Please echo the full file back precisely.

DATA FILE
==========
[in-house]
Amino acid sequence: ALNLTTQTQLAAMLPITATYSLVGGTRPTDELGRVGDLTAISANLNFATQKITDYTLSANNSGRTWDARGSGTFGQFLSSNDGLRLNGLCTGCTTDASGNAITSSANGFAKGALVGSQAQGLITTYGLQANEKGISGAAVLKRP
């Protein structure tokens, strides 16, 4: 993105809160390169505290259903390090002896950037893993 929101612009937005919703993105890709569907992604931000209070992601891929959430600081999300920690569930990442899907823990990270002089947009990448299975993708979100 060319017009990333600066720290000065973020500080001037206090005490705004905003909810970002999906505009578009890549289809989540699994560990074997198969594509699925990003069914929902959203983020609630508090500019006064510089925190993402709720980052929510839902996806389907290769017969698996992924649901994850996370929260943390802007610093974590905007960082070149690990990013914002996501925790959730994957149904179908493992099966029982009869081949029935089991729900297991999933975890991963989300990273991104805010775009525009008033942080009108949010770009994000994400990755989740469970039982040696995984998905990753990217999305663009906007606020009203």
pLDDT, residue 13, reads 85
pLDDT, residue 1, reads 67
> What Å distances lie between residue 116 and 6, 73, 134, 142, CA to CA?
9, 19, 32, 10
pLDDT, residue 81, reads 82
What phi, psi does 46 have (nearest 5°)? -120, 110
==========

[in-house]
Amino acid sequence: ALNLTTQTQLAAMLPITATYSLVGGTRPTDELGRVGDLTAISANLNFATQKITDYTLSANNSGRTWDARGSGTFGQFLSSNDGLRLNGLCTGCTTDASGNAITSSANGFAKGALVGSQAQGLITTYGLQANEKGISGAAVLKRP
């Protein structure tokens, strides 16, 4: 993105809160390169505290259903390090002896950037893993 929101612009937005919703993105890709569907992604931000209070992601891929959430600081999300920690569930990442899907823990990270002089947009990448299975993708979100 060319017009990333600066720290000065973020500080001037206090005490705004905003909810970002999906505009578009890549289809989540699994560990074997198969594509699925990003069914929902959203983020609630508090500019006064510089925190993402709720980052929510839902996806389907290769017969698996992924649901994850996370929260943390802007610093974590905007960082070149690990990013914002996501925790959730994957149904179908493992099966029982009869081949029935089991729900297991999933975890991963989300990273991104805010775009525009008033942080009108949010770009994000994400990755989740469970039982040696995984998905990753990217999305663009906007606020009203």
pLDDT, residue 13, reads 85
pLDDT, residue 1, reads 67
> What Å distances lie between residue 116 and 6, 73, 134, 142, CA to CA?
9, 19, 32, 10
pLDDT, residue 81, reads 82
What phi, psi does 46 have (nearest 5°)? -120, 110